Networks (especially Ethernet networks) use broadcast communication at the physical, datalink and network layer. Network layer broadcasts are transmissions sent to all hosts using the network layer protocol (usually Internet Protocol [IP] or IPX). Network broadcast communication is used to communicate certain kinds of information that makes the network function (ARP, RARP, DHCP, IPX-SAP broadcasts etc.). Since several devices could attempt to transmit simultaneously and cause collisions, it is preferable to separate large sets of hosts into different broadcast domains using a switch, or router.
As the number of hosts on the network increases, the amount of broadcast traffic increases. If enough broadcast traffic is present on the network, then ordinary communication across the network becomes difficult.
To reduce broadcasts, a network administrator can break up a network with a large number of hosts into two smaller networks. Broadcasts are then restricted to each network, and the router performs as the 'default gateway' to reach the hosts on the other networks.
Especially in today's networks, people want to use their computer to connect to the Internet. When your computer wants to talk to a computer on another network, it does so by sending your data to the default gateway. The default gateway is the local router connected to the same network your computer is connected to. The router serving as the default gateway receives your data, looks for the remote address of that far-off computer and makes a routing decision. Based on that routing decision, it forwards your data out a different interface that is closer to that remote computer. There could be several routers between you and the remote computer, so several routers will take part in handing off the packet, much like a fireman's bucket brigade.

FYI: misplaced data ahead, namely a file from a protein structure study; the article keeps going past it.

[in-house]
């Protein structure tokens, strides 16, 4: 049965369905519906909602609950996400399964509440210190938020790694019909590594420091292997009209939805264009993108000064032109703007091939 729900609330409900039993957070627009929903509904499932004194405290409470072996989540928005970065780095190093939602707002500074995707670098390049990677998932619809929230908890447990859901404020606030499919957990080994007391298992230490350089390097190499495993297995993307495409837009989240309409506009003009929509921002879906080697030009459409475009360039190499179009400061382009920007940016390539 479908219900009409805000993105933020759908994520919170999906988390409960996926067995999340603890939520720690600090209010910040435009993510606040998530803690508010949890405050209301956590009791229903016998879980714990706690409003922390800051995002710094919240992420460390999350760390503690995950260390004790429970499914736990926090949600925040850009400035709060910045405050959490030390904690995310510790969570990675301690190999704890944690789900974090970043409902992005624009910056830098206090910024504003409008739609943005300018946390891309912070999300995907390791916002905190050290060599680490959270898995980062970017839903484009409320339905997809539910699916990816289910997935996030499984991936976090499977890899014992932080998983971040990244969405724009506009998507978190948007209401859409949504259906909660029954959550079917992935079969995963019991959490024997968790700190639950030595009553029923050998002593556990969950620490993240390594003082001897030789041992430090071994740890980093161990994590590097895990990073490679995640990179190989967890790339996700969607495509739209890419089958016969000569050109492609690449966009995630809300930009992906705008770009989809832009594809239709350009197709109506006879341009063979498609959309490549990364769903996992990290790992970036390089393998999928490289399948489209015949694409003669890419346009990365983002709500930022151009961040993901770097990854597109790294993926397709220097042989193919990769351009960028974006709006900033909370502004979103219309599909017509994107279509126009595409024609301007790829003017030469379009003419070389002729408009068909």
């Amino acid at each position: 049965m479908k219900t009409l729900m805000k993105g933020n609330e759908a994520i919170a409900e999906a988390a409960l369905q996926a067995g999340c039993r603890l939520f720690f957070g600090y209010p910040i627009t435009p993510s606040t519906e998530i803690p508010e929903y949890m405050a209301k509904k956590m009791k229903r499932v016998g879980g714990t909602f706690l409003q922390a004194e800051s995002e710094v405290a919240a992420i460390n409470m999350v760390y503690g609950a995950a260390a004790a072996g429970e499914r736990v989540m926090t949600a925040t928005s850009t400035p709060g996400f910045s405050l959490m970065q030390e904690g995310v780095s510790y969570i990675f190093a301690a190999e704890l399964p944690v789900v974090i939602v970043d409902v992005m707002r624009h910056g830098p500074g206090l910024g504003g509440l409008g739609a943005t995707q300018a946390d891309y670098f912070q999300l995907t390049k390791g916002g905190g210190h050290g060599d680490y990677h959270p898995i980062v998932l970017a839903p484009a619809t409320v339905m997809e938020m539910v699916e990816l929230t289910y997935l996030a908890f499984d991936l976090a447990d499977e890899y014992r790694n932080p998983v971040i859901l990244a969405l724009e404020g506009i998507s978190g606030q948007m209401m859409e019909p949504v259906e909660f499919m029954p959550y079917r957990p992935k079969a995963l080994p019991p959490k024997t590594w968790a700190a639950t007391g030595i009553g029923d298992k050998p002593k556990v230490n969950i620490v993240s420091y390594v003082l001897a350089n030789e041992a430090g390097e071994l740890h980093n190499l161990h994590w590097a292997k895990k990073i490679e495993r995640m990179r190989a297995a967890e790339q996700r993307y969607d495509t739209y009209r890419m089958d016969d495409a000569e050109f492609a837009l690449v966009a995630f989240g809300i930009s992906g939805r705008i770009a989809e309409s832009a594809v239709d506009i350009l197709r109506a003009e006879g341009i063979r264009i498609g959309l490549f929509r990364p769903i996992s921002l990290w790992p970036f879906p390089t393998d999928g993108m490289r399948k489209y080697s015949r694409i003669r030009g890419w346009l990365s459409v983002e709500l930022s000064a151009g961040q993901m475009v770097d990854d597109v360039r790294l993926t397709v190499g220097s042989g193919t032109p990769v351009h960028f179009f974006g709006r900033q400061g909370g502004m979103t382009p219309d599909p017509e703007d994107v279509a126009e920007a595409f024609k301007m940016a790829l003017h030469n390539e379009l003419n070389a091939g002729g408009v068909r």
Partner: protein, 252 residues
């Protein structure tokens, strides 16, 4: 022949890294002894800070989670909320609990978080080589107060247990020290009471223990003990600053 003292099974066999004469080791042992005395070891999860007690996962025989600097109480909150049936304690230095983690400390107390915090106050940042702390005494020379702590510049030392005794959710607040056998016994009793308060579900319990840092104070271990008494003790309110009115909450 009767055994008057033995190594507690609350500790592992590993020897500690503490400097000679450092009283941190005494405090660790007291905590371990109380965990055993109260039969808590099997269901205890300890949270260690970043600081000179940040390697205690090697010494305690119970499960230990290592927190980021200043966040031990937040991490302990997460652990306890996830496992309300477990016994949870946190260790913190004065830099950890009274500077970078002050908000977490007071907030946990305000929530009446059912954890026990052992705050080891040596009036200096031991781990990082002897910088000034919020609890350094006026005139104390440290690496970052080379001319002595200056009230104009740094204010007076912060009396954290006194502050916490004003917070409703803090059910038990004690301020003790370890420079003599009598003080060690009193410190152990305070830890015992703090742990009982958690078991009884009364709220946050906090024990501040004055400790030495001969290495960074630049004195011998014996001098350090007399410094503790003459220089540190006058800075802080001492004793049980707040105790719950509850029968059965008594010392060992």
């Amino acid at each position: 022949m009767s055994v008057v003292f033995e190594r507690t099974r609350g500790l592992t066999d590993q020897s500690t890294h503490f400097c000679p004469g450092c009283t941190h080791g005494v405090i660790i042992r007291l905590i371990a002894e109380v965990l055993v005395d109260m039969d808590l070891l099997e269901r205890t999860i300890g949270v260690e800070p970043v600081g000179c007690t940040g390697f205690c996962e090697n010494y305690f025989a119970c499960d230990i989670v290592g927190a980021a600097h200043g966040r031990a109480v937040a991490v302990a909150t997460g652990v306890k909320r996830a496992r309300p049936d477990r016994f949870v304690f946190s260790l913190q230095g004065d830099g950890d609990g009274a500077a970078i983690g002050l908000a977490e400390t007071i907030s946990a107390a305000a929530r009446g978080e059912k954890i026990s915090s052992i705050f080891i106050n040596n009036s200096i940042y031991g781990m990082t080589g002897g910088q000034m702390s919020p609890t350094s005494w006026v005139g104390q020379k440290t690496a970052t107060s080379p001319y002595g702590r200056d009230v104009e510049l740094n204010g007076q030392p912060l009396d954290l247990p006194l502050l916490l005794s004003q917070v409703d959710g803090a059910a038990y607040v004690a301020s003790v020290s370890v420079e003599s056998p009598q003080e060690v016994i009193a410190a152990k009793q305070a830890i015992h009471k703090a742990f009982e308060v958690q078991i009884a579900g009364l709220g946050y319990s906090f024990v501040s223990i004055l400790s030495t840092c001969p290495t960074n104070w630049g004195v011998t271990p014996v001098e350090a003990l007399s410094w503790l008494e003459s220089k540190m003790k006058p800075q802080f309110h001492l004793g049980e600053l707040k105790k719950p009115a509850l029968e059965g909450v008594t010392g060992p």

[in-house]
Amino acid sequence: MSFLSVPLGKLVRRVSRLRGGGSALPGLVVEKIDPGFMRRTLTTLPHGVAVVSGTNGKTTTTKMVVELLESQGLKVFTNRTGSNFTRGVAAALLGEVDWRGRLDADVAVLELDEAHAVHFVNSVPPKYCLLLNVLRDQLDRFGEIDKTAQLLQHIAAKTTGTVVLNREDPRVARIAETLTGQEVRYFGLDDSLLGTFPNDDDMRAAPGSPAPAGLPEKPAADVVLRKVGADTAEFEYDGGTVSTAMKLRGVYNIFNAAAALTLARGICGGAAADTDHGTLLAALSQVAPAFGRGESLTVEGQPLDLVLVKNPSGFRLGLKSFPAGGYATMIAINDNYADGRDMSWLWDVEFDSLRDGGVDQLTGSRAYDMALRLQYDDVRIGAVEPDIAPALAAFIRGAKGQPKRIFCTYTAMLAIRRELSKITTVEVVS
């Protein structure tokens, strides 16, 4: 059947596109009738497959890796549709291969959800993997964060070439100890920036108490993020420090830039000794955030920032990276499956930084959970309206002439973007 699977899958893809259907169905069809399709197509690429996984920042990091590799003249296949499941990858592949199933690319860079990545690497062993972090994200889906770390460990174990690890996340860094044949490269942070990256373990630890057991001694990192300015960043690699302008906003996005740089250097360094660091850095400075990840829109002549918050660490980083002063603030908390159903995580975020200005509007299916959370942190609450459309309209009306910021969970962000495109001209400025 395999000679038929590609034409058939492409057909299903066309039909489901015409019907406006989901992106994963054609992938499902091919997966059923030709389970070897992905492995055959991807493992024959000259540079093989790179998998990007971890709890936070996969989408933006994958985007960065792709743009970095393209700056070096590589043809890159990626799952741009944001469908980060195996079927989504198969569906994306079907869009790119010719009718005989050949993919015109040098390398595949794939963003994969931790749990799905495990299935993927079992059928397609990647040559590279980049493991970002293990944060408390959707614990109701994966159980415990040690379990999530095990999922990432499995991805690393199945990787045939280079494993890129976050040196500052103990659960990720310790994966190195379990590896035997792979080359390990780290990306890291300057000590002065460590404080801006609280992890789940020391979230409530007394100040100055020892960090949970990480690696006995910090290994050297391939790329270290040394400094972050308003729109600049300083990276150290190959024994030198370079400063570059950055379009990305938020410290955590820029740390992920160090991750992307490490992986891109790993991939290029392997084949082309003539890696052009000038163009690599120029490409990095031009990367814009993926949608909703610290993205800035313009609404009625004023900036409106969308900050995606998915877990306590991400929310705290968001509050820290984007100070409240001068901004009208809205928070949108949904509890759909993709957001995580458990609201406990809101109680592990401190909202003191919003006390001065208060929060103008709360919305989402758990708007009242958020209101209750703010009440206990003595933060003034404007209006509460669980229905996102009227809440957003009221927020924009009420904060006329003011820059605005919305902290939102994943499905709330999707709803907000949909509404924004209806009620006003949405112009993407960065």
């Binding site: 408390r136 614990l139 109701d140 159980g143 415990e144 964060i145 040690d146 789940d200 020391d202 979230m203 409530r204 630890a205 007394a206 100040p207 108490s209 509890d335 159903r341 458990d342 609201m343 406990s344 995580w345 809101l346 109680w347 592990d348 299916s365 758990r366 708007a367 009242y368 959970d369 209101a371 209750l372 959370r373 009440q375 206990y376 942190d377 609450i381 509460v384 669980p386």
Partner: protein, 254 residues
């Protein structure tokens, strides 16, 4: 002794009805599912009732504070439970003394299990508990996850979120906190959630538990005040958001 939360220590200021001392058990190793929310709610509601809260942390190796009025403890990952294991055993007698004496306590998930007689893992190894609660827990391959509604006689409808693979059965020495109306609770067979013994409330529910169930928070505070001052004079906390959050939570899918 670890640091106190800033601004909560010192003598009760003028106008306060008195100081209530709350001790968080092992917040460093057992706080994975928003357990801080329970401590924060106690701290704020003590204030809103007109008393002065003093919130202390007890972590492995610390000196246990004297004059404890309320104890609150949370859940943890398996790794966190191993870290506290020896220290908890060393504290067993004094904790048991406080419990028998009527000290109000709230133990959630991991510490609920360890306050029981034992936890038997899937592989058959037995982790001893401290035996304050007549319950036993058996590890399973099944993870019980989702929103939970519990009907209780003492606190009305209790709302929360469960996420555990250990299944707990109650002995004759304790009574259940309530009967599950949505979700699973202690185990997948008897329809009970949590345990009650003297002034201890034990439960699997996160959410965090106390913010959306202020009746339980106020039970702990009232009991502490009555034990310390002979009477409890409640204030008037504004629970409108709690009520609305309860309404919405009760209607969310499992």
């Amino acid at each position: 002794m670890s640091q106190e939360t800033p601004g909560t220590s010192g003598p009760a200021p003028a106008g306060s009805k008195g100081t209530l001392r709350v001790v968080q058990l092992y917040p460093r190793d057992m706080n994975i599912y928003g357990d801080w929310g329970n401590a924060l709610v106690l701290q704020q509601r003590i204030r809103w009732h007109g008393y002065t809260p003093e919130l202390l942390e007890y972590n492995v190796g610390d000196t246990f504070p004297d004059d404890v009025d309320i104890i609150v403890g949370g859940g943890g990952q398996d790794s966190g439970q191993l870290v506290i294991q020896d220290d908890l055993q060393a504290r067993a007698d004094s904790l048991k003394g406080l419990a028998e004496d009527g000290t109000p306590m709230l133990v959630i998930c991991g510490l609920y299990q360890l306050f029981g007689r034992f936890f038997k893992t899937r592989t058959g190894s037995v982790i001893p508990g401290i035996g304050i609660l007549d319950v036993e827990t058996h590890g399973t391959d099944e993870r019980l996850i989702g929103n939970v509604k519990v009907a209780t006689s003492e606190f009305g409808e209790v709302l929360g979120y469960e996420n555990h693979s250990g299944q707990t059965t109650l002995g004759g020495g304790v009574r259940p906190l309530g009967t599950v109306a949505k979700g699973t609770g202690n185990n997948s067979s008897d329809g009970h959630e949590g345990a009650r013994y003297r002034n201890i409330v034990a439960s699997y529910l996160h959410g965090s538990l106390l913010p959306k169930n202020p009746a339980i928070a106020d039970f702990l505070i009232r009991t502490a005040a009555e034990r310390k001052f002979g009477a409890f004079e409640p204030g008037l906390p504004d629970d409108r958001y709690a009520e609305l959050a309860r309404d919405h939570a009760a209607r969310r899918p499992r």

Routers have the capability to move data from one network to another. This allows two networks managed by different organizations to exchange data. They create a network between them and exchange data between the routers on that network. Because a router can accept traffic from any kind of network it is attached to, and forward it to any other network, it can also allow networks that could not normally communicate with each other to exchange data. In technical terms, a token ring network and an ethernet network can communicate over a serial network. Routers make all this possible.
A router can take in an Ethernet frame, strip the ethernet data off, and then drop the IP data into a frame of another type such as SDH/SONET, PDH/T1, ATM, FDDI. In this way a router can also perform 'protocol conversion', provided it has the appropriate hardware and software to support such a function. The whole point, however, is to forward the data from the interface it receives data on, to another interface that retransmits the received data onto another interface serving another network.